In attempting to write this review of Barbara Wallraff’s Word Fugitives, a book about finding or coining words needed to convey concepts not defined by a known or existing word, I found myself quite relating to Wallruff’s theme. Somewhere out there, I am certain, is a word that defines a person who is extremely interested in odd and unusual words and enjoys using words no one around them has ever heard of. Sadly neither Word Fugitives not any of the dictionaries or thesauri I consulted led me to this particular fugitive term. Thus I was unable to begin this piece by saying "This one is for my ______ friends."
This failure notwithstanding I found I did greatly enjoy Wallruff’s compilation of rare and coined terms requested and suggested by reader’s of Wallruff’s newspaper column. After all who amongst us would not benefit from knowing a word for "that restless feeling that causes one to repeatedly peer into the refrigerator when I’m bored". Though I am not actually too fond of the suggestions "leftoveractive imagination" or "smorgasboredom" though "procrastifrigeration" seems a bit more promising. By contrast I was relieved to learn there is an actual dictionary word for the problem I often have of mis-hearing or mis-understanding song lyrics. Such relief to be able to explain simply that I suffer from "mondegreen", even if no one I explain it to has any clue what that word means.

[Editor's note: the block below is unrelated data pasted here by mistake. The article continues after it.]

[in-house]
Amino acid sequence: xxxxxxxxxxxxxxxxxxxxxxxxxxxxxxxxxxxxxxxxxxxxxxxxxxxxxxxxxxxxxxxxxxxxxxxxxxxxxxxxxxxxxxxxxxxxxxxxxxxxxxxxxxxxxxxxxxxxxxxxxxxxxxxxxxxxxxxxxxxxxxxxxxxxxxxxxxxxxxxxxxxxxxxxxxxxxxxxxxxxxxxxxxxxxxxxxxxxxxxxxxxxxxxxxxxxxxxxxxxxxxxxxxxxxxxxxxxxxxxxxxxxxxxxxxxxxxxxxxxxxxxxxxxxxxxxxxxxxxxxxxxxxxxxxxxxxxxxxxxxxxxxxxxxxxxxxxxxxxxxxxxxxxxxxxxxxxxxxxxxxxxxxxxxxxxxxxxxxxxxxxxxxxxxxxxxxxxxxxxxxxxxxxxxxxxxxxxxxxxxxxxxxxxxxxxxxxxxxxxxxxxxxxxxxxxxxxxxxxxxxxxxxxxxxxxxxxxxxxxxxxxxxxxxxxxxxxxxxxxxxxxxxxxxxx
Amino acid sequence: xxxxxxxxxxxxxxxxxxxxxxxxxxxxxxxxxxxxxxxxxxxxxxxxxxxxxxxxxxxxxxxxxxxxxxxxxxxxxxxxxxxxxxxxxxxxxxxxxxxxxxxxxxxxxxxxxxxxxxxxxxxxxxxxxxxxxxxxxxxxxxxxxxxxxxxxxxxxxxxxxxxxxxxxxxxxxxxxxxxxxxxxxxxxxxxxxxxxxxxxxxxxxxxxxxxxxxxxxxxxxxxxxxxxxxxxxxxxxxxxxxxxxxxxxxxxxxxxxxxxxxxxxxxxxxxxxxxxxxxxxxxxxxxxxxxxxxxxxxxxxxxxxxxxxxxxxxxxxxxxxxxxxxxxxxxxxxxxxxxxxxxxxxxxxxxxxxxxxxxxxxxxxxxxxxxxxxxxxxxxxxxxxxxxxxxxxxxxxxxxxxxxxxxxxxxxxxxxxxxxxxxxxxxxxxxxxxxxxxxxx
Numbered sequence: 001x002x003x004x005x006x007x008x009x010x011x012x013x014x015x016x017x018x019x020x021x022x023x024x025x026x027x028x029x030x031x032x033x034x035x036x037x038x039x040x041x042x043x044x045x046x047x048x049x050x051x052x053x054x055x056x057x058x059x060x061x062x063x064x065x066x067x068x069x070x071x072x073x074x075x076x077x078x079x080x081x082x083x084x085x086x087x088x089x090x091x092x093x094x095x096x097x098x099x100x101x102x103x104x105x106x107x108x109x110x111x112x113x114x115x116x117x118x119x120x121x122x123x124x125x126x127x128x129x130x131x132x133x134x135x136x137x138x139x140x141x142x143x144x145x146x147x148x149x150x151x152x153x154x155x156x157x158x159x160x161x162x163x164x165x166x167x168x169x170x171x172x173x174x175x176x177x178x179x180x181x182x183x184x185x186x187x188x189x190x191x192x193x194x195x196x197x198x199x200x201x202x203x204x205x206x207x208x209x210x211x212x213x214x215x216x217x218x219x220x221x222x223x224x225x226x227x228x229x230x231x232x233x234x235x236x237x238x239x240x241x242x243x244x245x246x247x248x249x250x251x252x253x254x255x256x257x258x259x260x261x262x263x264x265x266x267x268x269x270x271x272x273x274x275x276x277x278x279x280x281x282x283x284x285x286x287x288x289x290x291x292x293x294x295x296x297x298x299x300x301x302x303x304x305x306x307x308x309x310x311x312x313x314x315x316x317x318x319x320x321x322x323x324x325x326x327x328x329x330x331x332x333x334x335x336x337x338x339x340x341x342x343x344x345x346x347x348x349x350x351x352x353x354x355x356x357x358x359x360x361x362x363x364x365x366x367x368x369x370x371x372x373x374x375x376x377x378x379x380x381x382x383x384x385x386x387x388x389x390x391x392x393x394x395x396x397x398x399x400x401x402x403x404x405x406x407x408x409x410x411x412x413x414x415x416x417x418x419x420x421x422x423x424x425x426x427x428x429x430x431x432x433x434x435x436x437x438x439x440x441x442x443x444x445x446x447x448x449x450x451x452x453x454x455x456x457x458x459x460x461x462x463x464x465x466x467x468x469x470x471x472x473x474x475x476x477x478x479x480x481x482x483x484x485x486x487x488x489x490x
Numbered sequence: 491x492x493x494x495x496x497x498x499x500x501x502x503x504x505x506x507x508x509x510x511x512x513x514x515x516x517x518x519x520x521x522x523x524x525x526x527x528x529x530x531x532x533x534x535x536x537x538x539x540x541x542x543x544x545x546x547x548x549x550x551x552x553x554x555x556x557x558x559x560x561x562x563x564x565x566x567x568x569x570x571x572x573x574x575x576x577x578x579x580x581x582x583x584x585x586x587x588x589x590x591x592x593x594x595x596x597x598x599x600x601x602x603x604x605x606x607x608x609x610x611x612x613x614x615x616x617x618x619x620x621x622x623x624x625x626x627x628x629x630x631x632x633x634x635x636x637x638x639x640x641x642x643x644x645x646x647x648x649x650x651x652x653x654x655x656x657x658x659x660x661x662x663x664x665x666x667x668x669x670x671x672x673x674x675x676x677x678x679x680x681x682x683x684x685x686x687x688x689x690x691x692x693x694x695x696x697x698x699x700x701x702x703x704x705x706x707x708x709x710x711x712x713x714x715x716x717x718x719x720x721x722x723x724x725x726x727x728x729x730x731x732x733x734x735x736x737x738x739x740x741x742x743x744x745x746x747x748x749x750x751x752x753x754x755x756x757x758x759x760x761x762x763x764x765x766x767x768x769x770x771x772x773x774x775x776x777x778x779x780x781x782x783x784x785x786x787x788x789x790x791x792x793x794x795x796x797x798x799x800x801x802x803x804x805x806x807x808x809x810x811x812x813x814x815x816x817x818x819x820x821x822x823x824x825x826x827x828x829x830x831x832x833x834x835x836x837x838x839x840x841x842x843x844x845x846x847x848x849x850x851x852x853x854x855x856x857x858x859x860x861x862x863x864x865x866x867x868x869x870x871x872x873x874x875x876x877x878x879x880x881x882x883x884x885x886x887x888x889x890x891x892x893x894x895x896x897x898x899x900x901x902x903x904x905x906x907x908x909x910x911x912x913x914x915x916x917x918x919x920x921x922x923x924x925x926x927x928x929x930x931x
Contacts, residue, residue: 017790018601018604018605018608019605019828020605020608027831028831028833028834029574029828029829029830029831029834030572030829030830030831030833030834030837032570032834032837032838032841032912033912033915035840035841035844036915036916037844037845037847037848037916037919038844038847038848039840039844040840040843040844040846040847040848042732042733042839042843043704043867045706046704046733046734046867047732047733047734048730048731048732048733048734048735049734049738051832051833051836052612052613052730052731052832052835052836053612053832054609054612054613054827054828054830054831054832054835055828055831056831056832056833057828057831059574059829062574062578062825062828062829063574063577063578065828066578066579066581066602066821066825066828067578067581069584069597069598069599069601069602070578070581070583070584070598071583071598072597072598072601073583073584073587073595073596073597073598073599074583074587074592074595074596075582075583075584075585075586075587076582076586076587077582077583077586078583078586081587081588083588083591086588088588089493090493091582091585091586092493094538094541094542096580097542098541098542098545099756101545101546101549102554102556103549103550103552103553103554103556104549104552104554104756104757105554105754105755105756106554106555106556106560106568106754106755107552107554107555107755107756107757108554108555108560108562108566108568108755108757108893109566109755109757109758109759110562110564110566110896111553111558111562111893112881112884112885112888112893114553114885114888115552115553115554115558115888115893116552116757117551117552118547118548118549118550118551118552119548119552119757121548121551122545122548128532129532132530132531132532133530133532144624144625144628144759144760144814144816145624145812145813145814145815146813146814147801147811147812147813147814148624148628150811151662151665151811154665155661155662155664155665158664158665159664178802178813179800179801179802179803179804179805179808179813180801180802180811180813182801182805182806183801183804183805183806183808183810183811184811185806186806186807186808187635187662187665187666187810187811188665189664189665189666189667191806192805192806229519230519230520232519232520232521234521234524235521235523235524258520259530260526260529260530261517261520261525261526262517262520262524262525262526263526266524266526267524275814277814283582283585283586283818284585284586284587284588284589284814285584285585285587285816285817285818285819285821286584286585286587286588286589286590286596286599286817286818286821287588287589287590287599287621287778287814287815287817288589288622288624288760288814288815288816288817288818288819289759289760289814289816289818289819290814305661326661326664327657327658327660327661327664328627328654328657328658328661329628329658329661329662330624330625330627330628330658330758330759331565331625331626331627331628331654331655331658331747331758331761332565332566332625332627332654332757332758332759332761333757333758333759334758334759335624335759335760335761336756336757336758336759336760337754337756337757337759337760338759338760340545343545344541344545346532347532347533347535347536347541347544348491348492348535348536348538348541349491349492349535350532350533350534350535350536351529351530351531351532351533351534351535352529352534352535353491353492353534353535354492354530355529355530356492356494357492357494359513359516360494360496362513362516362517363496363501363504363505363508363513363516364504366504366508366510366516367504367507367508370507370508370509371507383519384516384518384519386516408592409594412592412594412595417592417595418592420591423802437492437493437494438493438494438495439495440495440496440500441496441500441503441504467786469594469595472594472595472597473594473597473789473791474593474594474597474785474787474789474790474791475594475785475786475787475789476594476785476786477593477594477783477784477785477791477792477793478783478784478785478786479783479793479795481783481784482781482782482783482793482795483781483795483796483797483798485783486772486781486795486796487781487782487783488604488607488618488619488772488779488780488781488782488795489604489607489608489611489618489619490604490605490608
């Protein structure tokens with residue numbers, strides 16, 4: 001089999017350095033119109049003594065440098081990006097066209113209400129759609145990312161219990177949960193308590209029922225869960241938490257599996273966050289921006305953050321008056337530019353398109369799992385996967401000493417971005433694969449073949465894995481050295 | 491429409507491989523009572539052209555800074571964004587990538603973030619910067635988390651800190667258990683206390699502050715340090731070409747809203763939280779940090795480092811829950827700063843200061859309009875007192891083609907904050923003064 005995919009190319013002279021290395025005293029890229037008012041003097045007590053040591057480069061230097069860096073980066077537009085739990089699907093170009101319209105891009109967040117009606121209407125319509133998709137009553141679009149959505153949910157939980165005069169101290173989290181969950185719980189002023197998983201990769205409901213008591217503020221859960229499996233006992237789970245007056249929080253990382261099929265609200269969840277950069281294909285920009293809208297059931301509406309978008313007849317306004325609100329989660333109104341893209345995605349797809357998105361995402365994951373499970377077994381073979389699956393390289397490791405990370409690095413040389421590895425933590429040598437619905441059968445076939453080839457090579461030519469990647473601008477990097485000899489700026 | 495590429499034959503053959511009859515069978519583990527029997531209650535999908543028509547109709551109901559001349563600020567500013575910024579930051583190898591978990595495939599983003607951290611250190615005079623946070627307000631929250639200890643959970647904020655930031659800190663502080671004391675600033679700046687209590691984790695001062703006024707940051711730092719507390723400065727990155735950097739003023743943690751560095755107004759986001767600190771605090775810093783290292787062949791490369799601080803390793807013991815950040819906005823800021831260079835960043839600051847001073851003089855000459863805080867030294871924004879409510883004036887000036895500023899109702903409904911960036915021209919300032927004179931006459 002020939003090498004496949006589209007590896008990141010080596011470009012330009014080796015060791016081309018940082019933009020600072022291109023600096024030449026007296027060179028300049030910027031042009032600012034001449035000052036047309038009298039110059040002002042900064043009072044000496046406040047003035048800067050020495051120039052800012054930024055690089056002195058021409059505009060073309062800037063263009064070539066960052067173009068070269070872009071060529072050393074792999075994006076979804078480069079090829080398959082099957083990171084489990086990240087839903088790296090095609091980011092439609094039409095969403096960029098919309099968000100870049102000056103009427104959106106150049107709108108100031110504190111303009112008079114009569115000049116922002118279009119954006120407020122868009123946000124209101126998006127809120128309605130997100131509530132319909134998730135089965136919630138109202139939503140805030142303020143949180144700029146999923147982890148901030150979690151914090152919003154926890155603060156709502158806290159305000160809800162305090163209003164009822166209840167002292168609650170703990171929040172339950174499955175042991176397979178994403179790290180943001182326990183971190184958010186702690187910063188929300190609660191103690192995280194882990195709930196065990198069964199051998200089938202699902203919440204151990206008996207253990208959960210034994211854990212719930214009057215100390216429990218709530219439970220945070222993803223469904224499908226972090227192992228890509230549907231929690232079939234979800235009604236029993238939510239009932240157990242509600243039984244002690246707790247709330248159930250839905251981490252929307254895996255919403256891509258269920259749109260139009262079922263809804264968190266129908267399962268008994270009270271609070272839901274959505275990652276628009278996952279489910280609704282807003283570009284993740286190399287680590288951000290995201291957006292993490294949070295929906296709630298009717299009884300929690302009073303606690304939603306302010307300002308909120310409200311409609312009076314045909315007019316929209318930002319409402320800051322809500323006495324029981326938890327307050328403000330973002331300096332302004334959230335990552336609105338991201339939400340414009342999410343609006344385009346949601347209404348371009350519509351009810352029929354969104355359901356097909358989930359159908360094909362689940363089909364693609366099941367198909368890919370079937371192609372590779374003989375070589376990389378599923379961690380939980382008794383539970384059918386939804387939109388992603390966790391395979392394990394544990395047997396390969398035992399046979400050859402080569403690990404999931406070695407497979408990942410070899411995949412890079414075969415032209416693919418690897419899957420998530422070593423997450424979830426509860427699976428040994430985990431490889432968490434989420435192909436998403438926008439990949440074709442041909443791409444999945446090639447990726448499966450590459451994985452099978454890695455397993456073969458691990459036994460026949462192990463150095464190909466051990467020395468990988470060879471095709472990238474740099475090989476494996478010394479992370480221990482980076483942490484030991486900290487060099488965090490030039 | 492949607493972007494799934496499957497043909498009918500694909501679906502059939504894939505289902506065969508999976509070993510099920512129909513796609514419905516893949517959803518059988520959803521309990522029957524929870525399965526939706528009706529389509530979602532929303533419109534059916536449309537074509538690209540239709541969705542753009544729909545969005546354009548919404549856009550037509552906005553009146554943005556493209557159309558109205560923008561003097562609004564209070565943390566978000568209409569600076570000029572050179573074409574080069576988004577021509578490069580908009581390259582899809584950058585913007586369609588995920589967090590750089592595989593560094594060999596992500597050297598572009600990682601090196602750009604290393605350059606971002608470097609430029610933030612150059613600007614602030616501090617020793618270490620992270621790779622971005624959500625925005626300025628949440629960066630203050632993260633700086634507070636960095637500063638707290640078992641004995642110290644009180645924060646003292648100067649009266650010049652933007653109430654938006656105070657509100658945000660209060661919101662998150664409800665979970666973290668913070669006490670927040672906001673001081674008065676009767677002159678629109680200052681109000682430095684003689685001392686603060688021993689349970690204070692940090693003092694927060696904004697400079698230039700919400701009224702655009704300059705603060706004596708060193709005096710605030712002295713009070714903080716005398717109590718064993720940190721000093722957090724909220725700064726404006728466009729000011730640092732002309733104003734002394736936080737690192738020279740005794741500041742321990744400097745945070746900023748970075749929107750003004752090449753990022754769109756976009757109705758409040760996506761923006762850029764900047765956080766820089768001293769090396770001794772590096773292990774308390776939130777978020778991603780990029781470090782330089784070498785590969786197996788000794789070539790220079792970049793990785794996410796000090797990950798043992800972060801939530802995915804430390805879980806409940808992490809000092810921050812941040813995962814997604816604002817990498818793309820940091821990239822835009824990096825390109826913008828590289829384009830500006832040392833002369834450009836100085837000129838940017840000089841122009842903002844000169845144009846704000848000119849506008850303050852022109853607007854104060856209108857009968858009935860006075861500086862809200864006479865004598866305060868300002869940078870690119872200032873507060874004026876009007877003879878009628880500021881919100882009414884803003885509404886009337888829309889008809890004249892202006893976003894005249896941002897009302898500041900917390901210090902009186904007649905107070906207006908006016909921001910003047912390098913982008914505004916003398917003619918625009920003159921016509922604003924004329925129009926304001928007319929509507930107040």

Other coined terms you many find truly useful include "windventory" (the process of sorting through a dirty clothes hamper in search of a garment that can be worn immediately) or "carcissism" (the belief that traffic signals turn red whenever they sense your approach or even "karmaclasym" (a day when everthing that can possible go wrong, goes wrong. And then some.) For those who are intrigued by odd and unusual words or for anyone who has ever hunted for an elusive term for a seeming common situation, Word Fugitives is Recommended.